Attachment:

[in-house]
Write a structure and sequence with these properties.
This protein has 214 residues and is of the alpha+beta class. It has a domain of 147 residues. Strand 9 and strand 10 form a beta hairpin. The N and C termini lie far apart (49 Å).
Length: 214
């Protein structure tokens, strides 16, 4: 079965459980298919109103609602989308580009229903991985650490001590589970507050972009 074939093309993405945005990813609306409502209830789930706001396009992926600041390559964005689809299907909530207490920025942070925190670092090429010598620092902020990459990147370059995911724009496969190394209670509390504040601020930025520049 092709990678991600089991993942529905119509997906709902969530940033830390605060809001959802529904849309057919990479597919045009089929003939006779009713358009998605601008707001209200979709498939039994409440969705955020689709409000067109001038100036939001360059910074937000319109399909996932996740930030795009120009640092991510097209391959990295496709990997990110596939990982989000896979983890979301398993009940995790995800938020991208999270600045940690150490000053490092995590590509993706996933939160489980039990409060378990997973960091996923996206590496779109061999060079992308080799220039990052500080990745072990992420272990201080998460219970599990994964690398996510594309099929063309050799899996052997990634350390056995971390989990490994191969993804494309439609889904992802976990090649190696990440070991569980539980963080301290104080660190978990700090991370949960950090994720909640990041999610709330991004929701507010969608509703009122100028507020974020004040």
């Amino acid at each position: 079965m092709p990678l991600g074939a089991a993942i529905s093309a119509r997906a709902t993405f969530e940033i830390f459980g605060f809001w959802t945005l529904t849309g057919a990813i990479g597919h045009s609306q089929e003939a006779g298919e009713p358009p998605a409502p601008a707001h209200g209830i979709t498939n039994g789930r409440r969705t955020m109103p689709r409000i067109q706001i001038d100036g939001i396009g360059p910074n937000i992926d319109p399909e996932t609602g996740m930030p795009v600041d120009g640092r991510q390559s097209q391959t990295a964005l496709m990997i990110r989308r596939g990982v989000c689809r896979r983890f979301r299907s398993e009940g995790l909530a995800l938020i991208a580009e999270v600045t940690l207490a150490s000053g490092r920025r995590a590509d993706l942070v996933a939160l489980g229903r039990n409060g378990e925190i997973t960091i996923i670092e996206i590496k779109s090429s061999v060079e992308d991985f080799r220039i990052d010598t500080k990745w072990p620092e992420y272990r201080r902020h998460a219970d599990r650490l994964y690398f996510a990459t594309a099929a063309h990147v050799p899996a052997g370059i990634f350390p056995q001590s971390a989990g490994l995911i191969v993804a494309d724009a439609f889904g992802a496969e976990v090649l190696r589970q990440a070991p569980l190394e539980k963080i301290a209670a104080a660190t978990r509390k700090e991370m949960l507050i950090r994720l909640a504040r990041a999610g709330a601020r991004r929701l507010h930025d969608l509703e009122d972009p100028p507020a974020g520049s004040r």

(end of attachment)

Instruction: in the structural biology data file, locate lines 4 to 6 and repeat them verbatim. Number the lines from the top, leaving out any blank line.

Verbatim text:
Length: 214
């Protein structure tokens, strides 16, 4: 079965459980298919109103609602989308580009229903991985650490001590589970507050972009 074939093309993405945005990813609306409502209830789930706001396009992926600041390559964005689809299907909530207490920025942070925190670092090429010598620092902020990459990147370059995911724009496969190394209670509390504040601020930025520049 092709990678991600089991993942529905119509997906709902969530940033830390605060809001959802529904849309057919990479597919045009089929003939006779009713358009998605601008707001209200979709498939039994409440969705955020689709409000067109001038100036939001360059910074937000319109399909996932996740930030795009120009640092991510097209391959990295496709990997990110596939990982989000896979983890979301398993009940995790995800938020991208999270600045940690150490000053490092995590590509993706996933939160489980039990409060378990997973960091996923996206590496779109061999060079992308080799220039990052500080990745072990992420272990201080998460219970599990994964690398996510594309099929063309050799899996052997990634350390056995971390989990490994191969993804494309439609889904992802976990090649190696990440070991569980539980963080301290104080660190978990700090991370949960950090994720909640990041999610709330991004929701507010969608509703009122100028507020974020004040």
């Amino acid at each position: 079965m092709p990678l991600g074939a089991a993942i529905s093309a119509r997906a709902t993405f969530e940033i830390f459980g605060f809001w959802t945005l529904t849309g057919a990813i990479g597919h045009s609306q089929e003939a006779g298919e009713p358009p998605a409502p601008a707001h209200g209830i979709t498939n039994g789930r409440r969705t955020m109103p689709r409000i067109q706001i001038d100036g939001i396009g360059p910074n937000i992926d319109p399909e996932t609602g996740m930030p795009v600041d120009g640092r991510q390559s097209q391959t990295a964005l496709m990997i990110r989308r596939g990982v989000c689809r896979r983890f979301r299907s398993e009940g995790l909530a995800l938020i991208a580009e999270v600045t940690l207490a150490s000053g490092r920025r995590a590509d993706l942070v996933a939160l489980g229903r039990n409060g378990e925190i997973t960091i996923i670092e996206i590496k779109s090429s061999v060079e992308d991985f080799r220039i990052d010598t500080k990745w072990p620092e992420y272990r201080r902020h998460a219970d599990r650490l994964y690398f996510a990459t594309a099929a063309h990147v050799p899996a052997g370059i990634f350390p056995q001590s971390a989990g490994l995911i191969v993804a494309d724009a439609f889904g992802a496969e976990v090649l190696r589970q990440a070991p569980l190394e539980k963080i301290a209670a104080a660190t978990r509390k700090e991370m949960l507050i950090r994720l909640a504040r990041a999610g709330a601020r991004r929701l507010h930025d969608l509703e009122d972009p100028p507020a974020g520049s004040r």